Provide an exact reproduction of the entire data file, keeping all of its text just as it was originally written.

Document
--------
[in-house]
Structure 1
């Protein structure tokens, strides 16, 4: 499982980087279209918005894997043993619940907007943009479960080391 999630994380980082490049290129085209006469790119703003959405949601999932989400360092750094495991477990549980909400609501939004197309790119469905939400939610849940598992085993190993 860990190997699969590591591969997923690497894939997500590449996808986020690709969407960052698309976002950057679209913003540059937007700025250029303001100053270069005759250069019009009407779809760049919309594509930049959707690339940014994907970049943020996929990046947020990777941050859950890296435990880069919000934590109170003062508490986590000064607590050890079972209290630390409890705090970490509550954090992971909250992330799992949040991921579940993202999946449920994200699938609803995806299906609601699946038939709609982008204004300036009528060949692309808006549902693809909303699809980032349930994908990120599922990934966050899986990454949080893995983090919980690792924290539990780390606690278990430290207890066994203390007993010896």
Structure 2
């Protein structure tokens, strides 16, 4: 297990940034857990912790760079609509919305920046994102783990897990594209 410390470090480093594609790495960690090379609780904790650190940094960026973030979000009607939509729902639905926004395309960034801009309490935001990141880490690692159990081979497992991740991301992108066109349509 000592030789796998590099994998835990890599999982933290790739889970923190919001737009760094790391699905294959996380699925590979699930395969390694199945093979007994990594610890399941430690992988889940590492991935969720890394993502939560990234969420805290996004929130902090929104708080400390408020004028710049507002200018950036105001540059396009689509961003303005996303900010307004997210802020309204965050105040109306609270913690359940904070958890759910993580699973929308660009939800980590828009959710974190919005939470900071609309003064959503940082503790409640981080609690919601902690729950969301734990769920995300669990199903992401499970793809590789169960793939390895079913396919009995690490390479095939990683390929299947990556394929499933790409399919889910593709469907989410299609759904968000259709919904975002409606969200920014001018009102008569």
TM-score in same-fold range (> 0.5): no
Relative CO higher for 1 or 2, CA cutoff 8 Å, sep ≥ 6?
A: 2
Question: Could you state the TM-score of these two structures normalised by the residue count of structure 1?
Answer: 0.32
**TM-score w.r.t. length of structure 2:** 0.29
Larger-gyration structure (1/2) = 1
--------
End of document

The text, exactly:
[in-house]
Structure 1
């Protein structure tokens, strides 16, 4: 499982980087279209918005894997043993619940907007943009479960080391 999630994380980082490049290129085209006469790119703003959405949601999932989400360092750094495991477990549980909400609501939004197309790119469905939400939610849940598992085993190993 860990190997699969590591591969997923690497894939997500590449996808986020690709969407960052698309976002950057679209913003540059937007700025250029303001100053270069005759250069019009009407779809760049919309594509930049959707690339940014994907970049943020996929990046947020990777941050859950890296435990880069919000934590109170003062508490986590000064607590050890079972209290630390409890705090970490509550954090992971909250992330799992949040991921579940993202999946449920994200699938609803995806299906609601699946038939709609982008204004300036009528060949692309808006549902693809909303699809980032349930994908990120599922990934966050899986990454949080893995983090919980690792924290539990780390606690278990430290207890066994203390007993010896």
Structure 2
């Protein structure tokens, strides 16, 4: 297990940034857990912790760079609509919305920046994102783990897990594209 410390470090480093594609790495960690090379609780904790650190940094960026973030979000009607939509729902639905926004395309960034801009309490935001990141880490690692159990081979497992991740991301992108066109349509 000592030789796998590099994998835990890599999982933290790739889970923190919001737009760094790391699905294959996380699925590979699930395969390694199945093979007994990594610890399941430690992988889940590492991935969720890394993502939560990234969420805290996004929130902090929104708080400390408020004028710049507002200018950036105001540059396009689509961003303005996303900010307004997210802020309204965050105040109306609270913690359940904070958890759910993580699973929308660009939800980590828009959710974190919005939470900071609309003064959503940082503790409640981080609690919601902690729950969301734990769920995300669990199903992401499970793809590789169960793939390895079913396919009995690490390479095939990683390929299947990556394929499933790409399919889910593709469907989410299609759904968000259709919904975002409606969200920014001018009102008569």
TM-score in same-fold range (> 0.5): no
Relative CO higher for 1 or 2, CA cutoff 8 Å, sep ≥ 6?
A: 2
Question: Could you state the TM-score of these two structures normalised by the residue count of structure 1?
Answer: 0.32
**TM-score w.r.t. length of structure 2:** 0.29
Larger-gyration structure (1/2) = 1